“CENSORED: New Paintings by Pamela Joseph” opened at Francis M. Naumann Fine Art on April 2, 2015. As the title suggests, the paintings involve the theme of censorship, specifically, in this case, select details of well-known paintings and sculpture that were censored from view in art books circulated in Iran, either by means of a black felt-tip marker to cover up details that were considered inappropriate or visually offensive (when the books were imported from other countries) or by means of pixelization (when the books were published in Iran). The artist learned about the existence of these images from a friend who lived in Iran and sent copies of publications containing such images to her. At first, the censored works appeared amusing, but they quickly stimulated a series of questions about why select details were obscured in the first place. Who did the obscuring, and what exactly was it in these images that censors believed was best kept from public view? Was this just another example of censoring the male gaze, or did it involve fundamental violations of deeply held religious beliefs? If the concealment of these details was meant to eliminate sexually explicit details, then another question is immediate raised. How successful is this form of censorship? As Goya’s two versions of his famous Maja proved centuries ago (a painting the artist includes in this series), the female figure can be far more compelling and sexually alluring when clothed. In nearly all cases of Iranian censorship, the suggestion of what has been taken from view is potentially more provocative than what is visible in the original painting or sculpture.
However these questions are answered, they provided a stimulus for Joseph to turn these reproductions back into paintings, carrying with them the obscured details imposed upon them by their Iranian censors. She even went further, choosing select works of art upon which she imposed her own pixelization or covered select details with an opaque black overlay, revealing, ultimately, that her motives are inherently more painterly than political (more against the ideas of censorship in art than a critique of restrictive religious practices). Indeed, she feels that these censored images have provided her with an entirely new vehicle of pictorial expression, one that can be applied to virtually the entire history of Western Art, with results that are often amusing, but inevitably thought provoking and visually engaging.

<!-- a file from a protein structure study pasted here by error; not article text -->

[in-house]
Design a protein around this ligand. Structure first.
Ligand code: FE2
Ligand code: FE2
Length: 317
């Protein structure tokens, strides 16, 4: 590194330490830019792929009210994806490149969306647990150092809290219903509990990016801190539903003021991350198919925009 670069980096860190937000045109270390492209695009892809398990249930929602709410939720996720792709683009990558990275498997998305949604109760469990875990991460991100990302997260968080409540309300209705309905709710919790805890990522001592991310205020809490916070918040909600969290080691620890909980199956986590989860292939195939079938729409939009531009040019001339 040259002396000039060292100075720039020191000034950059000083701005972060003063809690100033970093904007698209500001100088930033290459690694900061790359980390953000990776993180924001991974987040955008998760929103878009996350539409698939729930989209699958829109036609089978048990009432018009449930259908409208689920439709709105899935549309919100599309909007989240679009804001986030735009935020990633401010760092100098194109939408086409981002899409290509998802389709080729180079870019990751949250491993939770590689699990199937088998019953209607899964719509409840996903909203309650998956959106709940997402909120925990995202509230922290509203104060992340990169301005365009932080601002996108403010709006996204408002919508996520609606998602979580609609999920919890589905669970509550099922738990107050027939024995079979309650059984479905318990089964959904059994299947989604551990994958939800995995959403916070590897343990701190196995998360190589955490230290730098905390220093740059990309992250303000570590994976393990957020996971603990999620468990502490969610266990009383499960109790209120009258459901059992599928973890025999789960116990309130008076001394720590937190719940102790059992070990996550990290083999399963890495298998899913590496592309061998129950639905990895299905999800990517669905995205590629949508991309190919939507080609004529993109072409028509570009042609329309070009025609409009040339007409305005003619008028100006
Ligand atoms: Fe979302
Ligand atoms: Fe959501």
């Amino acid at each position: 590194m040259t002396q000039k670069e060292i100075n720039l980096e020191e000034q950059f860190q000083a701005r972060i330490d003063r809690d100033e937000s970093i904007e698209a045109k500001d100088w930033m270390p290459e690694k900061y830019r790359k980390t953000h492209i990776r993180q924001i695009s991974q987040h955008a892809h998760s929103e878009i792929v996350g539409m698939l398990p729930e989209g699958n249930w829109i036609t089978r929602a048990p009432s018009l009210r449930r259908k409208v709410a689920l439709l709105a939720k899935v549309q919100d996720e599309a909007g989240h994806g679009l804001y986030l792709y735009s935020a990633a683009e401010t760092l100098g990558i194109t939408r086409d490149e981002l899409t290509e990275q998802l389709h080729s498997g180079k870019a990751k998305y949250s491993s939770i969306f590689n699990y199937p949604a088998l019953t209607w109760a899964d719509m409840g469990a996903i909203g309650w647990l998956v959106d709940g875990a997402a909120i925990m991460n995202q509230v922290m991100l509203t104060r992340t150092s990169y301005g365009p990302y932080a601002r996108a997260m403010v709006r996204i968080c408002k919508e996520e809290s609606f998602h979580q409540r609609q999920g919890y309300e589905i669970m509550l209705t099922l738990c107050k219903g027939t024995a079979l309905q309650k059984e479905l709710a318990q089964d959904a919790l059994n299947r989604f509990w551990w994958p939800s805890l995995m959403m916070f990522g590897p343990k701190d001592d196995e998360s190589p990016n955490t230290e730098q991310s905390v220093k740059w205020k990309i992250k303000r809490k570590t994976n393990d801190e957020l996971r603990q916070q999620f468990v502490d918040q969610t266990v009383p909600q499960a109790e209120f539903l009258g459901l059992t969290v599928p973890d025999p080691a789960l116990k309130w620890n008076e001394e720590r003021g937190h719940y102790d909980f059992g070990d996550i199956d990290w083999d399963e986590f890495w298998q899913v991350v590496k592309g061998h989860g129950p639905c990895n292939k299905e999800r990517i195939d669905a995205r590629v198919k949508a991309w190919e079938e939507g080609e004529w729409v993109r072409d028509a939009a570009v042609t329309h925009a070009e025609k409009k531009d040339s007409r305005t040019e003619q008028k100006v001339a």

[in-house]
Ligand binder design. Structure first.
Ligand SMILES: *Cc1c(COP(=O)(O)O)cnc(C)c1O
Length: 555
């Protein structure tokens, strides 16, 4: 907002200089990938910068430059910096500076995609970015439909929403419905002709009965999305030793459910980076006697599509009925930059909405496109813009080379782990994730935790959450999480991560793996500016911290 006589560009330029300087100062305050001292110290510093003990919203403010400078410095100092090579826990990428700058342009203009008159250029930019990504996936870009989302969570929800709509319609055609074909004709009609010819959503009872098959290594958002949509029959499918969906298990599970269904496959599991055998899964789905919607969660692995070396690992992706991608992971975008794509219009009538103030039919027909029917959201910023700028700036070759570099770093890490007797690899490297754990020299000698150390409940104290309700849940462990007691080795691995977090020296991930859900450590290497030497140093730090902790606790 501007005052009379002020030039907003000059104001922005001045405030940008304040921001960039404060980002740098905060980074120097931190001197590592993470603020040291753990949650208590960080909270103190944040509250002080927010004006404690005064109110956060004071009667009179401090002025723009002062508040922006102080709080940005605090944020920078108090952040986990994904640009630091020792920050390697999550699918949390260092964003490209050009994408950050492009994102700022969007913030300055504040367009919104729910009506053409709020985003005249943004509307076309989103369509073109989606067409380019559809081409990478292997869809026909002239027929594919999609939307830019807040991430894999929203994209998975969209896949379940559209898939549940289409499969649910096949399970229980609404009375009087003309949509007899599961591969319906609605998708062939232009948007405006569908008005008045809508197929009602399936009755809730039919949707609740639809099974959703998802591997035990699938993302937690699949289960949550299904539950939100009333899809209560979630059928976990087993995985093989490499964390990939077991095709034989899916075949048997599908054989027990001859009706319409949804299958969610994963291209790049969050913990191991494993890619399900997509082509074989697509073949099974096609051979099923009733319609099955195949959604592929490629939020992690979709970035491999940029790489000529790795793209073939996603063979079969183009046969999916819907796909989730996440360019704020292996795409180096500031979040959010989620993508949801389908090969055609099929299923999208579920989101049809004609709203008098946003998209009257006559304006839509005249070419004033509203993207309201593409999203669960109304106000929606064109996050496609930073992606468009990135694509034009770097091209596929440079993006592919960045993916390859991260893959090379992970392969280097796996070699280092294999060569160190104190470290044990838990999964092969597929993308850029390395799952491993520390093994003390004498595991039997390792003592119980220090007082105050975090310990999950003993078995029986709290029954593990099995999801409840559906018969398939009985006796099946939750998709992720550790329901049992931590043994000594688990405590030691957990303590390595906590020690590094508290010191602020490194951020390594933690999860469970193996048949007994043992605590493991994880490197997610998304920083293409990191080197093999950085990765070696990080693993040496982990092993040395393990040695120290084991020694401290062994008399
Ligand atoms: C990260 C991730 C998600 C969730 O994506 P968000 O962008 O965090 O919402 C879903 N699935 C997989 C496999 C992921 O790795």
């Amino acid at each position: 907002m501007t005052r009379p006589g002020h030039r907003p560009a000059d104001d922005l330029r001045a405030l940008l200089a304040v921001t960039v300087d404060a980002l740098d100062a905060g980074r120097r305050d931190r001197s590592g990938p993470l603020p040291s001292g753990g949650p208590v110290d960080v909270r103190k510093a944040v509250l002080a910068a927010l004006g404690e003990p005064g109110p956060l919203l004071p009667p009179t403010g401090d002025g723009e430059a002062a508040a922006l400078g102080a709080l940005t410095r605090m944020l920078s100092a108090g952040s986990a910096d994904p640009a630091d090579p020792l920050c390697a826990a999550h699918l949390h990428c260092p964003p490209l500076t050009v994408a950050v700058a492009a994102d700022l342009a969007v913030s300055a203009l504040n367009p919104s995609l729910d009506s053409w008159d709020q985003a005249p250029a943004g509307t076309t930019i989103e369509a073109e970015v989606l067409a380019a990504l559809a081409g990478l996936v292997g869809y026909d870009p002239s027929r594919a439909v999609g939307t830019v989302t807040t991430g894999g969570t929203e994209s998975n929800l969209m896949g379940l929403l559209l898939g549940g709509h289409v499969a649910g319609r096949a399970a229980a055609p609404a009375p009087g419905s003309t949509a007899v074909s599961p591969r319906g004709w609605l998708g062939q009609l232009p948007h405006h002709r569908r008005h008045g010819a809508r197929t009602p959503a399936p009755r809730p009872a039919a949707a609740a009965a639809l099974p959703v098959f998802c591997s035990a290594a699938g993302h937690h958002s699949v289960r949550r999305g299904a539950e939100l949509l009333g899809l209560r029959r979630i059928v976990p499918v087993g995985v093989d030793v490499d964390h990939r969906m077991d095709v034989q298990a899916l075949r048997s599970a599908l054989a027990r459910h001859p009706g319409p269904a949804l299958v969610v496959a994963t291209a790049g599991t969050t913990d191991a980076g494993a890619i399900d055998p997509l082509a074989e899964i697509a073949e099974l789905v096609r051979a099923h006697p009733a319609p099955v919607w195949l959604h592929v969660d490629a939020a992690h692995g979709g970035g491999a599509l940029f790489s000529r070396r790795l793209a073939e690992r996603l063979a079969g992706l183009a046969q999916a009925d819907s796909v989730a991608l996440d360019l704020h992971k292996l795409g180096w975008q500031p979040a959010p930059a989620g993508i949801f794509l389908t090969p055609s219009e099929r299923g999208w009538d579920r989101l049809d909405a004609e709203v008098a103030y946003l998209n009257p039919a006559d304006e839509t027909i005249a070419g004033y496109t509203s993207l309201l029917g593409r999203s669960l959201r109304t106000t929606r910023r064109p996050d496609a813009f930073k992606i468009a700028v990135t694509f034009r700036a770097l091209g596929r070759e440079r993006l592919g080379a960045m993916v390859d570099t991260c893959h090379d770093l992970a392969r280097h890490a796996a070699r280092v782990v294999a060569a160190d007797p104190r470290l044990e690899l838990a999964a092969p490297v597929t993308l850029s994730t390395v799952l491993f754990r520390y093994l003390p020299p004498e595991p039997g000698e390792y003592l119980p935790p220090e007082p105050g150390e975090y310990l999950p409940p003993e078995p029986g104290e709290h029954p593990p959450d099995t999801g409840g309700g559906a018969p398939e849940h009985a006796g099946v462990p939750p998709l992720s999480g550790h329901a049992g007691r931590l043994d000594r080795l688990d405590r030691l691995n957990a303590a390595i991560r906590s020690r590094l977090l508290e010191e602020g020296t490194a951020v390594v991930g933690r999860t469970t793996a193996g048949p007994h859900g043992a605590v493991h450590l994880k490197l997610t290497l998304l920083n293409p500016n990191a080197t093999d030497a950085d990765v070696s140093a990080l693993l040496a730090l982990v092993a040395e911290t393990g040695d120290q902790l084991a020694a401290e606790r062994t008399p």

Although Joseph has been working on these paintings for the past three years, the exhibition falls at an exceptionally timely moment for a worldwide audience, coming as it does on the heels of the tragic terrorist attack that took place in Paris in January 2015 at the offices of the French satirical magazine, Charlie Hebdo. In that case, Islamist gunmen were expressing their objection to the magazine’s practice of publishing anything that was critical of Islam, particularly cartoons that depicted the profit Mohamed (a similar outrage followed the publication of cartoons in Denmark in 2005, resulting in riots throughout the Arab world that caused the deaths of hundreds). Those who found this imagery objectionable attempted to censor it, but their actions only resulted in disseminating the imagery worldwide. The censorship imposed upon the paintings in this exhibition is yet another reminder of how far apart our two cultures are: one in Islam that believes an unclothed body inappropriate for public display, and another in the West that has considered the nude an exemplar of beauty since the very concept of art began.